- Modeling and Testing Physical Properties of Slime Modeling and Testing Physical Properties of Slime
An exploration of an engineering brief from a mock toy company leads students to explore a new slime with a unique set of characteristics. Using simple directions, students create five different types of slime and classify their slime properties against the criteria provided by the mock toy company....
- Wind Makes the Wheels Go ‘Round Wind Makes the Wheels Go ‘Round
Students learn how engineers use alternative and renewable resources in the design of a prototype for a wind powered car. Using the engineering design process, students identify the problem, brainstorm solutions, plan a design, create and test a prototype, and make improvements to their wind powered...
- Creating Model Working Lungs: Just Breathe Creating Model Working Lungs: Just Breathe
Students explore the inhalation/exhalation process that occurs in the lungs during respiration. Using everyday materials, each student team creates a model pair of lungs.
- Waterwheel Work: Energy Transformations and Rotational Rates Waterwheel Work: Energy Transformations and Rotational Rates
Students learn the history of the waterwheel and common uses for water turbines today. They explore kinetic energy by creating their own experimental waterwheel from a two-liter plastic bottle. They investigate the transformations of energy involved in turning the blades of a hydro-turbine into work...
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- Saltwater Circuit Saltwater Circuit
Students build a saltwater circuit, which is an electrical circuit that uses saltwater as part of the circuit. Students investigate the conductivity of saltwater, and develop an understanding of how the amount of salt in a solution impacts how much electrical current flows through the circuit.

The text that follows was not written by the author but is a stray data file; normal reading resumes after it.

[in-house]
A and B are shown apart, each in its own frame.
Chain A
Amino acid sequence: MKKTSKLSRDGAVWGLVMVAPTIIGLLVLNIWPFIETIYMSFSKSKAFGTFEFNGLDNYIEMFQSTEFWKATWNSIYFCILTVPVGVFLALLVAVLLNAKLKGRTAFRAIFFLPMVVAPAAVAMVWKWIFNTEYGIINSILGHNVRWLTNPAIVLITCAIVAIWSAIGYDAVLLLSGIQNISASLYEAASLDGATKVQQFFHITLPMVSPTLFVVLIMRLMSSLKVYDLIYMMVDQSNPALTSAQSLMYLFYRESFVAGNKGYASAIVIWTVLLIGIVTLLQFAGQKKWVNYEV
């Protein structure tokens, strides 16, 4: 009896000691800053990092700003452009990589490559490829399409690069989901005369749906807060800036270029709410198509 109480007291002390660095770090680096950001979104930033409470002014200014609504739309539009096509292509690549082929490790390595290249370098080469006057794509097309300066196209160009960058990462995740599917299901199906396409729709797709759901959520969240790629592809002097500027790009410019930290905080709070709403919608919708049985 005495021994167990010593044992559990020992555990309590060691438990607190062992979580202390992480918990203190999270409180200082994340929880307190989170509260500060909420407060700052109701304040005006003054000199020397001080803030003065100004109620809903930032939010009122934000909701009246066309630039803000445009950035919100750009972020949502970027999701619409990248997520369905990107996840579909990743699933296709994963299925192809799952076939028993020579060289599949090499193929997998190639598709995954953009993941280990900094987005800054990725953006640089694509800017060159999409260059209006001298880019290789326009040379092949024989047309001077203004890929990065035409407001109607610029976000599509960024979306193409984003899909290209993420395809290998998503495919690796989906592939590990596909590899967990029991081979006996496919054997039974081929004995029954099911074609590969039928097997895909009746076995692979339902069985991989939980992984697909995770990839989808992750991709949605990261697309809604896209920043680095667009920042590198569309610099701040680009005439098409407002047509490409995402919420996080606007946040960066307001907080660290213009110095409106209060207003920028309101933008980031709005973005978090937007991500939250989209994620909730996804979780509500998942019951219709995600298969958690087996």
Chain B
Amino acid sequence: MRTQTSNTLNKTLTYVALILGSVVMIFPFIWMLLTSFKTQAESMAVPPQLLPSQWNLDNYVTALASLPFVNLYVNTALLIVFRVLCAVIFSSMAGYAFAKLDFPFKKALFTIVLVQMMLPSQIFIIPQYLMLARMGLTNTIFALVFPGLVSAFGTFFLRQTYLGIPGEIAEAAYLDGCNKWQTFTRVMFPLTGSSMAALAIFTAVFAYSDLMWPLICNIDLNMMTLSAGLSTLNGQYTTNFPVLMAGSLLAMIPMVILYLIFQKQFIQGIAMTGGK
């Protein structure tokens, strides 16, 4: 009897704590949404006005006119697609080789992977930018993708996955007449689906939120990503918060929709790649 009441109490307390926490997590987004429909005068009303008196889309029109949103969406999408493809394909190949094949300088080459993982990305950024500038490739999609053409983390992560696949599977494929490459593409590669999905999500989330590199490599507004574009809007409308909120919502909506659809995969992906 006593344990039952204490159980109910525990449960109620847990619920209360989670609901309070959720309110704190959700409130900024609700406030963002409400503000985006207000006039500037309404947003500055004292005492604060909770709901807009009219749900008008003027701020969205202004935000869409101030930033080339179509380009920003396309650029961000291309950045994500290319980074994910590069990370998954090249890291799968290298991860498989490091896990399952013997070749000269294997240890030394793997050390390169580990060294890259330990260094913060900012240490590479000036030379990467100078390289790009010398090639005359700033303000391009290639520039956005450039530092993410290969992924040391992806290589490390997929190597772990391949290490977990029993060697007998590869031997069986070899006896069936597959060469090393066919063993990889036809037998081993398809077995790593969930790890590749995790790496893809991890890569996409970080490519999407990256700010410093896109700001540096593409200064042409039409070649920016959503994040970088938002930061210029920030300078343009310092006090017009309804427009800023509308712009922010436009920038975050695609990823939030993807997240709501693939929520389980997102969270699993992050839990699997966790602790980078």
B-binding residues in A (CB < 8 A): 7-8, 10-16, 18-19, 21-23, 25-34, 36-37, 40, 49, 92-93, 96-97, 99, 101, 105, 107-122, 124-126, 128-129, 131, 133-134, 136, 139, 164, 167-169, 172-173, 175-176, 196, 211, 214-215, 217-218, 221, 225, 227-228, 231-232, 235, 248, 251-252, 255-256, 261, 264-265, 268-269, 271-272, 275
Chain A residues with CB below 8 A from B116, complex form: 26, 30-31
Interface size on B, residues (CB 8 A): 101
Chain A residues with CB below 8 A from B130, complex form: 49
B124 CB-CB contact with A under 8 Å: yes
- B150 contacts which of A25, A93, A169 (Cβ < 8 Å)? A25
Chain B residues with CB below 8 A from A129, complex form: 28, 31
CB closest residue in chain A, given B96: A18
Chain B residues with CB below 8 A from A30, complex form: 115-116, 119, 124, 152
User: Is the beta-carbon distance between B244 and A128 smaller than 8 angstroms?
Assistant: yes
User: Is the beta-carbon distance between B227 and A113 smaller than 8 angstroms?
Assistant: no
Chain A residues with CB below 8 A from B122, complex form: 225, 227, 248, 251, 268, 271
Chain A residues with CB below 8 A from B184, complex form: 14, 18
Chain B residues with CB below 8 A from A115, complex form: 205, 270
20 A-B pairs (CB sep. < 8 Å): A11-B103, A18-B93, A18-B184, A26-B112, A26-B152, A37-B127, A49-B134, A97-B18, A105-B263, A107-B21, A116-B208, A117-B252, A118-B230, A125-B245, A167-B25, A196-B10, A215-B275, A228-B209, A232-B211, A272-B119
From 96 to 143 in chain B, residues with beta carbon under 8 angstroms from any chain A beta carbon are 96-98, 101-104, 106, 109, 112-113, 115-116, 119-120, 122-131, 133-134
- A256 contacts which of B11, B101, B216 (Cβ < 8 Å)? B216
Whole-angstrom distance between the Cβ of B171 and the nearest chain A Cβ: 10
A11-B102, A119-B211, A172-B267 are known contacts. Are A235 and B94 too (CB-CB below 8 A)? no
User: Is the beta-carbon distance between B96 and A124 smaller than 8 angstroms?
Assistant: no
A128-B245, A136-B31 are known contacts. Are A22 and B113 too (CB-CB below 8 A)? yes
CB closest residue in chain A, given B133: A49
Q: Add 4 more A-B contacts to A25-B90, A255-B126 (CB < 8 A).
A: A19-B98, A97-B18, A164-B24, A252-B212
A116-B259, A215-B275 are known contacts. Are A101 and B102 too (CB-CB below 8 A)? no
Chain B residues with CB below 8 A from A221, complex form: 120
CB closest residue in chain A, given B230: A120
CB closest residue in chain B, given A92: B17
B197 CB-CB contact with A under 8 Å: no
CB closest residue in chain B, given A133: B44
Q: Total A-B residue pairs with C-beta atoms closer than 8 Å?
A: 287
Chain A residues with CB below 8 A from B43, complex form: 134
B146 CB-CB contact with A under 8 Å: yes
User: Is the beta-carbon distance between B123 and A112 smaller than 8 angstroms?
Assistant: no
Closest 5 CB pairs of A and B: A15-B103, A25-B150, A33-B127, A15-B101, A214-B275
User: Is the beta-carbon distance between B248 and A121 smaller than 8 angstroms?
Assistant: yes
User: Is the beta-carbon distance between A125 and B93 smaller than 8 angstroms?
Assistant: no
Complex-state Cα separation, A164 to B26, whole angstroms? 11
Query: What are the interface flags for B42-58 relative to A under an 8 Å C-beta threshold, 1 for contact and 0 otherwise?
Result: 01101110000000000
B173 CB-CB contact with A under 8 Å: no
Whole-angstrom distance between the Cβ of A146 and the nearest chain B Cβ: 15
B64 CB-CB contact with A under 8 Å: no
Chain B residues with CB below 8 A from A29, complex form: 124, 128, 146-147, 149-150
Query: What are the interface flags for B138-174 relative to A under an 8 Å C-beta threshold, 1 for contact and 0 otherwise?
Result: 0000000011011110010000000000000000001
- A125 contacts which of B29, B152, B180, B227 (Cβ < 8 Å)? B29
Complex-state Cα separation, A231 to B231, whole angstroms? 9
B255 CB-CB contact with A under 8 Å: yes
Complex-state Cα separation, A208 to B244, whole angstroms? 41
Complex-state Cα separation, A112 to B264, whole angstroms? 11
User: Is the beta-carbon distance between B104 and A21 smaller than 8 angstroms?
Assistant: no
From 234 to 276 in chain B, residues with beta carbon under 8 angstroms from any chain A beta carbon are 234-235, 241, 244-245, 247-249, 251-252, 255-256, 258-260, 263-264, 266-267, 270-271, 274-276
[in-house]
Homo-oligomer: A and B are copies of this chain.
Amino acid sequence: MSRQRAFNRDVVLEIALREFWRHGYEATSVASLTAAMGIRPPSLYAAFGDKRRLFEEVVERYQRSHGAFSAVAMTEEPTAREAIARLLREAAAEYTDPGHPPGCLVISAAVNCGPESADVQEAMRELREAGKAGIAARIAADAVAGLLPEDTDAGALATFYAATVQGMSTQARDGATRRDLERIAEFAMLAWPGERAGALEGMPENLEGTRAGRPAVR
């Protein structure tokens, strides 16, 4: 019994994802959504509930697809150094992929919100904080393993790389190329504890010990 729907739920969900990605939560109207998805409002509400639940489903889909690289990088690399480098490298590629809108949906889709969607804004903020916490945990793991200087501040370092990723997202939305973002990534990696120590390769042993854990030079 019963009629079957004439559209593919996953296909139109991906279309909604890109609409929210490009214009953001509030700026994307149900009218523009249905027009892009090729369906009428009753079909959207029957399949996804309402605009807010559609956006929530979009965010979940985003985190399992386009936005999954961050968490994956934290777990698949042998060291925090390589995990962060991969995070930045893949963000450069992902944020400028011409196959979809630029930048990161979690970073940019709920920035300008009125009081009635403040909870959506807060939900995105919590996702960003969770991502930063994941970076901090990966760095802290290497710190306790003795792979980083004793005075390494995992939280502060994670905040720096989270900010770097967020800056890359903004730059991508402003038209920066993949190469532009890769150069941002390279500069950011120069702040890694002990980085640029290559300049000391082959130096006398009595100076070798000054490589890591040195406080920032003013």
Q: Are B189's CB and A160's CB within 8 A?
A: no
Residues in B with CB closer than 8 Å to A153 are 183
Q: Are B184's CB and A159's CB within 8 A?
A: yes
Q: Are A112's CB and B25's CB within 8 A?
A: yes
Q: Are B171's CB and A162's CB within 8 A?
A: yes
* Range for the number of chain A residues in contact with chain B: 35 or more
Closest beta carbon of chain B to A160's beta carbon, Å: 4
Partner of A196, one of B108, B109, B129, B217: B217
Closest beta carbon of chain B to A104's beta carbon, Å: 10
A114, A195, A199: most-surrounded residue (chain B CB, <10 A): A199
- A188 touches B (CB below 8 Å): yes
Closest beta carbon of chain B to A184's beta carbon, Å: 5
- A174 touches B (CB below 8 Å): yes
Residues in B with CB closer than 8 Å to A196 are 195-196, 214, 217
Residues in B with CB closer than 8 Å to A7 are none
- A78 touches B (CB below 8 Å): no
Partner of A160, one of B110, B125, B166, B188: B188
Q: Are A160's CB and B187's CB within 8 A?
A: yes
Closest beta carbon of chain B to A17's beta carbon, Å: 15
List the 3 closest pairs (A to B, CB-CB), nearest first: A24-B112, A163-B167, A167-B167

- Building Roller Coasters Building Roller Coasters
Students build their own small-scale model roller coasters using pipe insulation and marbles, and then analyze them using physics principles learned in the associated lesson. They examine conversions between kinetic and potential energy and frictional effects to design roller coasters that are compl...
- Design and Build a Rube Goldberg Design and Build a Rube Goldberg
In this two-part activity, students design and build Rube Goldberg machines. This open-ended challenge employs the engineering design process and may have a pre-determined purpose, such as rolling a marble into a cup from a distance, or let students decide the purposes.
- Red Cabbage Chemistry Red Cabbage Chemistry
Students take advantage of the natural ability of red cabbage juice to perform as a pH indicator to test the pH of seven common household liquids. Like environmental engineers working on water remediation or water treatment projects, understanding the chemical properties (including pH) of contaminan...
- Bubbling Plants Experiment to Quantify Photosynthesis Bubbling Plants Experiment to Quantify Photosynthesis
Students learn a simple technique for quantifying the amount of photosynthesis that occurs in a given period of time, using a common water plant (Elodea). They use this technique to compare the amounts of photosynthesis that occur under conditions of low and high light levels.
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- Reaction Exposed: The Big Chill! Reaction Exposed: The Big Chill!
In the presence of water, citric acid and sodium bicarbonate (aka baking soda) react to form sodium citrate, water, and carbon dioxide. Students investigate this endothermic reaction. They test a stoichiometric version of the reaction followed by testing various perturbations on the stoichiometric v...
- Bacteria Transformation Bacteria Transformation
Students construct paper recombinant plasmids to simulate the methods genetic engineers use to create modified bacteria. They learn what role enzymes, DNA and genes play in the modification of organisms.
- Projectile Motion Projectile Motion
Students use tabletop-sized robots to build projectile throwers and measure motion using sensors. They compute distances and velocities using simple kinematic equations and confirm their results through measurements by hand. To apply the concept, students calculate the necessary speed of an object t...
- Measuring Viscosity Measuring Viscosity
Students calculate the viscosity of various household fluids by measuring the amount of time it takes marble or steel balls to fall given distances through the liquids. They experience what viscosity means, and also practice using algebra and unit conversions.
- Paper Circuits Greeting Cards Paper Circuits Greeting Cards
Create a sure-to-impress flashing birthday card or design a light-up Christmas card—all with paper circuits! In this activity, students are guided through the process to create simple paper circuitry using only copper tape, a coin cell battery, a light-emitting diode (LED) and small electronic compo...